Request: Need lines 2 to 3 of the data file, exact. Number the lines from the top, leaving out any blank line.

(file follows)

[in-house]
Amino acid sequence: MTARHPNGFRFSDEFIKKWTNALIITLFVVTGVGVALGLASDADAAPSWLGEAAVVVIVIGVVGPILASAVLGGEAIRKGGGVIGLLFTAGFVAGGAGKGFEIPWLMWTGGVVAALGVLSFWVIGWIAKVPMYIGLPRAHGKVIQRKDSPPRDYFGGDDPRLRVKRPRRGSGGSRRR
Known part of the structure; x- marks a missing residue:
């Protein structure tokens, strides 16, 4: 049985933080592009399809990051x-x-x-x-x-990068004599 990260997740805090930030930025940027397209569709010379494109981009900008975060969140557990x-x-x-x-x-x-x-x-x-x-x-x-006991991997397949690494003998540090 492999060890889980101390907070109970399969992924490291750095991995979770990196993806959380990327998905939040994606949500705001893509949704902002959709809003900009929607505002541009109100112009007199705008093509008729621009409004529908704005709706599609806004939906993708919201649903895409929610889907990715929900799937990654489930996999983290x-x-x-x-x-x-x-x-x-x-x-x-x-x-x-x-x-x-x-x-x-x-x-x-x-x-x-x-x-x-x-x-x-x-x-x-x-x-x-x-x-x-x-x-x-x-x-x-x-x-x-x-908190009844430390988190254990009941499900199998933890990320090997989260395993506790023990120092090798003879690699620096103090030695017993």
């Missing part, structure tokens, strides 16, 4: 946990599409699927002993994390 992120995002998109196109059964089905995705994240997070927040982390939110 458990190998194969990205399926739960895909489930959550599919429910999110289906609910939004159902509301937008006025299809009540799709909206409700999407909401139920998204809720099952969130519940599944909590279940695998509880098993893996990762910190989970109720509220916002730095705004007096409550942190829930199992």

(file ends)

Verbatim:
Amino acid sequence: MTARHPNGFRFSDEFIKKWTNALIITLFVVTGVGVALGLASDADAAPSWLGEAAVVVIVIGVVGPILASAVLGGEAIRKGGGVIGLLFTAGFVAGGAGKGFEIPWLMWTGGVVAALGVLSFWVIGWIAKVPMYIGLPRAHGKVIQRKDSPPRDYFGGDDPRLRVKRPRRGSGGSRRR
Known part of the structure; x- marks a missing residue: